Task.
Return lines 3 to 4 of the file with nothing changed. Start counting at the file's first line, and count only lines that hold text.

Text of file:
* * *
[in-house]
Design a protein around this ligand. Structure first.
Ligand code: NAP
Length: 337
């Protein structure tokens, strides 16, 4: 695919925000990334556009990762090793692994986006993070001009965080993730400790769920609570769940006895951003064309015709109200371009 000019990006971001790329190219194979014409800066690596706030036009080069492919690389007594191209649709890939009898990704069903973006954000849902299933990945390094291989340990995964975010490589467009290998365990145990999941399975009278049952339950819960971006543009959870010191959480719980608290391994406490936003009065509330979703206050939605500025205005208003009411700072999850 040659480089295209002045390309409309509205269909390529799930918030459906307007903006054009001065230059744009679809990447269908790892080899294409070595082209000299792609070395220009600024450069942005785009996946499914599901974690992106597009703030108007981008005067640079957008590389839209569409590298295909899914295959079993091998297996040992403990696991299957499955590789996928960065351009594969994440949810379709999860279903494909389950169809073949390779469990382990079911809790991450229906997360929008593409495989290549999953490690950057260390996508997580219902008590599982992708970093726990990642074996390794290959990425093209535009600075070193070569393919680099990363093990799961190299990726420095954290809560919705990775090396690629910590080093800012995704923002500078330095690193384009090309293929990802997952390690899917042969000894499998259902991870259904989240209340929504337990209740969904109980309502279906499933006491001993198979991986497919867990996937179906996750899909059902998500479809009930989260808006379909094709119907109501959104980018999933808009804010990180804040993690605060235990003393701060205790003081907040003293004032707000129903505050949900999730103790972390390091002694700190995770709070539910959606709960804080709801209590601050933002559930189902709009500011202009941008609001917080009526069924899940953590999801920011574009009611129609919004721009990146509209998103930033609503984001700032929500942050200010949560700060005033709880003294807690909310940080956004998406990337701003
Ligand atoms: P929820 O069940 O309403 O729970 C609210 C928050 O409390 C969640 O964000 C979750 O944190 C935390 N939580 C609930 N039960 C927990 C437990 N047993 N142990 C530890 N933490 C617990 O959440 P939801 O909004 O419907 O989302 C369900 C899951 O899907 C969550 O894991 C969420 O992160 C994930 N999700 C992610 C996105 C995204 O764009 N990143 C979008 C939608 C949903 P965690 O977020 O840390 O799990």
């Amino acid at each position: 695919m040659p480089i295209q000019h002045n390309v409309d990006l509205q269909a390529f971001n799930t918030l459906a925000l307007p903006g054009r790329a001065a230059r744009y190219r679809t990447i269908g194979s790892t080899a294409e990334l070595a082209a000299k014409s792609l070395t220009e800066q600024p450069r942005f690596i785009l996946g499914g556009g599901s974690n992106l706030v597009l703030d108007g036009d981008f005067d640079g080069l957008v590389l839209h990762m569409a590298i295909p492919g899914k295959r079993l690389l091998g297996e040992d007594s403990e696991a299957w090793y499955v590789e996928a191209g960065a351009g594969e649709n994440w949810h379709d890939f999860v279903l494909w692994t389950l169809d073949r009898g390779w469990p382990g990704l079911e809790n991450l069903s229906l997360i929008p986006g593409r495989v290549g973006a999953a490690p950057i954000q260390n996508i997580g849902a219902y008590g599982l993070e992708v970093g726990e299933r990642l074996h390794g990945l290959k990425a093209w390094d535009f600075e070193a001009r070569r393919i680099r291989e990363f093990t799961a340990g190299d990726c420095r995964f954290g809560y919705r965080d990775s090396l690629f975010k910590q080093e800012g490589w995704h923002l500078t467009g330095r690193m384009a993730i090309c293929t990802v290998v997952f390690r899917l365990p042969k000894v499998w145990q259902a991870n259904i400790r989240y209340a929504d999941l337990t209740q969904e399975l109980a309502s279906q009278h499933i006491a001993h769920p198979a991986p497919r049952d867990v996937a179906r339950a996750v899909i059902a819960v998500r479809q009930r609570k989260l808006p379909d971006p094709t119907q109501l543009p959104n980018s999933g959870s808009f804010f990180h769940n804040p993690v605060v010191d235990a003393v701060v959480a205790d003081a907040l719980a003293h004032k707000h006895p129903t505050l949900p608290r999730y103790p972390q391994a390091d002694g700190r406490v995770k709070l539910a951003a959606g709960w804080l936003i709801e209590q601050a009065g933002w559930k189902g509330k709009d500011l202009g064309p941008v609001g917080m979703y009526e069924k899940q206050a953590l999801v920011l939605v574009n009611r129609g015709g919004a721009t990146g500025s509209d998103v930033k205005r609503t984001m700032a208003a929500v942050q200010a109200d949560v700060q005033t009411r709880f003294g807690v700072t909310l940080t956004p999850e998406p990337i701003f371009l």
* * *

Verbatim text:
Ligand code: NAP
Length: 337